Workers are secretly using AI on important tasks over fears it makes them look replaceable, new Microsoft and LinkedIn research finds

Millennials, who weathered the 2008 financial crisis, face further challenges as they contend with job market shifts. Their traditional career trajectories are being reshaped by digital-savvy Gen Zers armed with AI expertise, according to the 2024 Annual Work Trend Index by Microsoft and LinkedIn.

Surveying 31,000 individuals across 31 nations, the tech titans reveal a shift in employer preferences: “Managers say AI aptitude could rival experience.”

Significantly, 71% of leaders preferred hiring candidates with AI skills over those with more conventional experience.

Compounding the issue, employers show little inclination to train existing staff in AI. Despite 66% of leaders insisting on AI skills for new hires, a mere 25% of firms plan to provide training in generative AI this year.

This trend implies a burgeoning advantage for younger applicants, as employers must cast a wider net for talent beyond their organizations.

Furthermore, Gen Zers with AI acumen not only stand to secure prime positions but also accelerate their ascent up the corporate ladder. The report reveals that 77% of leaders intend to delegate increased responsibilities to early-career hires with AI proficiencies.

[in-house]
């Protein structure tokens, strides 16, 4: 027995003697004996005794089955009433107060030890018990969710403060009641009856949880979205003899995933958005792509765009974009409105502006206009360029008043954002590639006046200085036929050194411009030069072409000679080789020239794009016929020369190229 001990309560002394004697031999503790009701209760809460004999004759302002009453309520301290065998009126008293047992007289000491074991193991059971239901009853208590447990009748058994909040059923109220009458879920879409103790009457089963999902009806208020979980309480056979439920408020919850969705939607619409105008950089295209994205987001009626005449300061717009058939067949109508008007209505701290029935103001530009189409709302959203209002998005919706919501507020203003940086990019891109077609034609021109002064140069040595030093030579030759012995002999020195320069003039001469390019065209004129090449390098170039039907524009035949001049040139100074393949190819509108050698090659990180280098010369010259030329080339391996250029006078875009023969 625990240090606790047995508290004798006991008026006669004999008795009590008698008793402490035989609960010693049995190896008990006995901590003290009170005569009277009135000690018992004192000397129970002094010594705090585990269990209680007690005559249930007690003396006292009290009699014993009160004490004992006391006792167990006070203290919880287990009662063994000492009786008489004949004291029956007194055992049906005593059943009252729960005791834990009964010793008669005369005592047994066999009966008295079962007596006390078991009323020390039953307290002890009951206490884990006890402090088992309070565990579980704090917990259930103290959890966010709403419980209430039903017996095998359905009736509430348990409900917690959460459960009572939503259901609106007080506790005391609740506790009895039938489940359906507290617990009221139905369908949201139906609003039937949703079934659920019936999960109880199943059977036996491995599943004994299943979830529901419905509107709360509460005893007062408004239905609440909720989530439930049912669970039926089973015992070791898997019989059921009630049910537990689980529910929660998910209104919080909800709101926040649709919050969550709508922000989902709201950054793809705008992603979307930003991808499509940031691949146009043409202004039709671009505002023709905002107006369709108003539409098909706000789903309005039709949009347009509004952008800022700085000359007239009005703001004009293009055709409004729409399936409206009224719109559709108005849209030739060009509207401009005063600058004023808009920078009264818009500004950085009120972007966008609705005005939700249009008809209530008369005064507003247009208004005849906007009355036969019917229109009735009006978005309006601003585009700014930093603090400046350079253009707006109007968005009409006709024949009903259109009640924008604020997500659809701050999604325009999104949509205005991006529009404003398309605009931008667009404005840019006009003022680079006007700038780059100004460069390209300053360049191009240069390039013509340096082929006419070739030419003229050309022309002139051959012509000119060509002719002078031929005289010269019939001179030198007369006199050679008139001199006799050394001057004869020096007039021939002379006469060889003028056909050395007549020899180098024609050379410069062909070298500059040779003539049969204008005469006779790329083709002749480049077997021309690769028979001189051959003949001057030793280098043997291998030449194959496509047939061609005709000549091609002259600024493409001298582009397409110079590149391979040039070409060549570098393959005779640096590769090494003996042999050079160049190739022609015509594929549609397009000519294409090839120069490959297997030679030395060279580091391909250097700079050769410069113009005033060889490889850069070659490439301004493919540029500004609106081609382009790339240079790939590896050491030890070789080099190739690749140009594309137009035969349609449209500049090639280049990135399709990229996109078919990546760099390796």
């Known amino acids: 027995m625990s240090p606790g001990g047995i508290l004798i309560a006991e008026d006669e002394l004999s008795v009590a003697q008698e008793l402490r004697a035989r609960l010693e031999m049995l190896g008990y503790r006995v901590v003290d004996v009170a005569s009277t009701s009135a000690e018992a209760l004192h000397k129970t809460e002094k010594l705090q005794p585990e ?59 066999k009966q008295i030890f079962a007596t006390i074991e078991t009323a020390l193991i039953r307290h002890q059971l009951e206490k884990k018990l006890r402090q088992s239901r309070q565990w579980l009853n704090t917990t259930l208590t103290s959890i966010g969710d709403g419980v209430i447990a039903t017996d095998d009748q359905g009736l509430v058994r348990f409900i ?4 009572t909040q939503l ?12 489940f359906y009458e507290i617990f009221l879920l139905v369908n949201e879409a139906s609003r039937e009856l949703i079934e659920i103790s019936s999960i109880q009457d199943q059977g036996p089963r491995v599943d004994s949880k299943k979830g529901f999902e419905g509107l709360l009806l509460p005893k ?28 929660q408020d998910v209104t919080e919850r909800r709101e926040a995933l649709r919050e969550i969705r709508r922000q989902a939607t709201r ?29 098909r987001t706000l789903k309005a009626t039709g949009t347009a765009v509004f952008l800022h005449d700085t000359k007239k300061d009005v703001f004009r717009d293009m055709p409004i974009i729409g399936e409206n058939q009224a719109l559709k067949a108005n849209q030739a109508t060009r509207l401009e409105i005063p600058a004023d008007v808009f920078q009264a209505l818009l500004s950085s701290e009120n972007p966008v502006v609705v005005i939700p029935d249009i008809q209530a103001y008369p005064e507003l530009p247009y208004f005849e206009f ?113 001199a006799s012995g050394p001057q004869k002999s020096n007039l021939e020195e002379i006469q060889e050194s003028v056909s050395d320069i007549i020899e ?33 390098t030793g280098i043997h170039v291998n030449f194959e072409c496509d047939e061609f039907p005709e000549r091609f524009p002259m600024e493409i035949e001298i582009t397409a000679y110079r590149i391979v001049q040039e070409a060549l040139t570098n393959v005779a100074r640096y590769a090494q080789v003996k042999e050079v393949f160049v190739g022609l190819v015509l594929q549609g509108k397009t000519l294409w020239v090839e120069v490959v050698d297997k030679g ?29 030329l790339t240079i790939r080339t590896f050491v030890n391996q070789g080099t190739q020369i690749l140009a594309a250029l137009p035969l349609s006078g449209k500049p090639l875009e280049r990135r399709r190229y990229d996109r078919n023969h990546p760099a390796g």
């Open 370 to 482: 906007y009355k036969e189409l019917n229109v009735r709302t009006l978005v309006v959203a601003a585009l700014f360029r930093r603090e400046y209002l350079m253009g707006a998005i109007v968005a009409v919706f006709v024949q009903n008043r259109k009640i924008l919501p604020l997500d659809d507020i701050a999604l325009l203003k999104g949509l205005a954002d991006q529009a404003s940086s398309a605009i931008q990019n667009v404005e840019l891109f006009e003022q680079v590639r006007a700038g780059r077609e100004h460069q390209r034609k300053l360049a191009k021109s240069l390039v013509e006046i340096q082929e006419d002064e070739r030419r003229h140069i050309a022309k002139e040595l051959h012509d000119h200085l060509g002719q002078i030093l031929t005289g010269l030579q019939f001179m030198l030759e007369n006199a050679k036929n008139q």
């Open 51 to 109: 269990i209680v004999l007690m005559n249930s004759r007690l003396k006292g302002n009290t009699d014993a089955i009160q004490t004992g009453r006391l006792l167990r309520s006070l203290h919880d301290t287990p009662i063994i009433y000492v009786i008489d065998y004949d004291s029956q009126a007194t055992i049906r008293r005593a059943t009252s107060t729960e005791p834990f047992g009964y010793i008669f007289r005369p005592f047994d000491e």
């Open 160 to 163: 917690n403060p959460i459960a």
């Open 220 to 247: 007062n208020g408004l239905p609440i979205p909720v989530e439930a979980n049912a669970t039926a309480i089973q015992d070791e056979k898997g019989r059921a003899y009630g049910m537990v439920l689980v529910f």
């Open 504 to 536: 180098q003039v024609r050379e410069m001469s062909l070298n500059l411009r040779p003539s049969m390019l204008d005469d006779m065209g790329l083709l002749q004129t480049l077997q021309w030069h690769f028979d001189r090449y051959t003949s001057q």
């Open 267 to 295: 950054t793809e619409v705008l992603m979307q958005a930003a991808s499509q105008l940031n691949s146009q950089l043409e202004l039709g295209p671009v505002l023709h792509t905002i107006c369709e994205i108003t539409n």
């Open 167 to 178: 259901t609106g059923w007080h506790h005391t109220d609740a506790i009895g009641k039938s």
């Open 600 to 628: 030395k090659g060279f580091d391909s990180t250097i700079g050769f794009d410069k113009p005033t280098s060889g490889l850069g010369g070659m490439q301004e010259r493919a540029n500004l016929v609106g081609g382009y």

Gen Z is in the driving seat

Karin Kimbrough, LinkedIn’s chief economist, tells Fortune that employees—not their bosses—are driving the push to integrate AI into their jobs.

That includes entry-level employees, like Gen Zers, who are still gaining their career footing.

“AI is at work; employees are not waiting for their employers to set up official business processes to use it,” she said. “They’re already experimenting, learning, and trying it out because they see the value proposition.”

In the report, Microsoft and LinkedIn call those particularly AI-inclined workers “power users,” because they’re the most adept at finding ways to use AI to save time and improve their own performance—and while younger workers historically skew more pro-tech, the report finds that power user employees aren’t limited to one generation. 

“As much as we want a narrative that Gen Zers are the tip of the spear, it’s actually employees of all ages,” Kimbrough says. “The ones who are most curious are voting with their feet, saying, ‘Hey, I’m agile, I’m willing to learn, I’m productive.’ It’s an incredibly strong signal.” 

While it may not be Gen Z exclusively, they still do lead the pack.

Eighty-five percent of Gen Z respondents to the report say they use AI at work, compared to 78% of millennials, 76% of Gen Xers, and 73% of Boomers. 

In the same way, Gen Zers are not the only ones leading the AI force, neither are tech workers, Kimbrough adds. In fact, the upskilling has been most pronounced among workers in creative roles like marketing, writing, and design.

“There’s always a question of: Is this actually going to provide more productivity growth?” Kimbrough says.

“As economists, we know that’s the golden ticket—how to insulate wages from inflation. Productivity growth is magical for the economy. If AI can deliver it, that’s a plus.”

Plus, workers need not mourn the loss of their original jobs as AI continues to advance.

“Your job is a collection of tasks; some are rewarding, some don’t give energy at all, but you have to do them,” Kimbrough says.

“As much as possible, we want to rotate towards the most fulfilling and complex tasks. That’s where the fun part is; it’s where you bring your special human sauce.”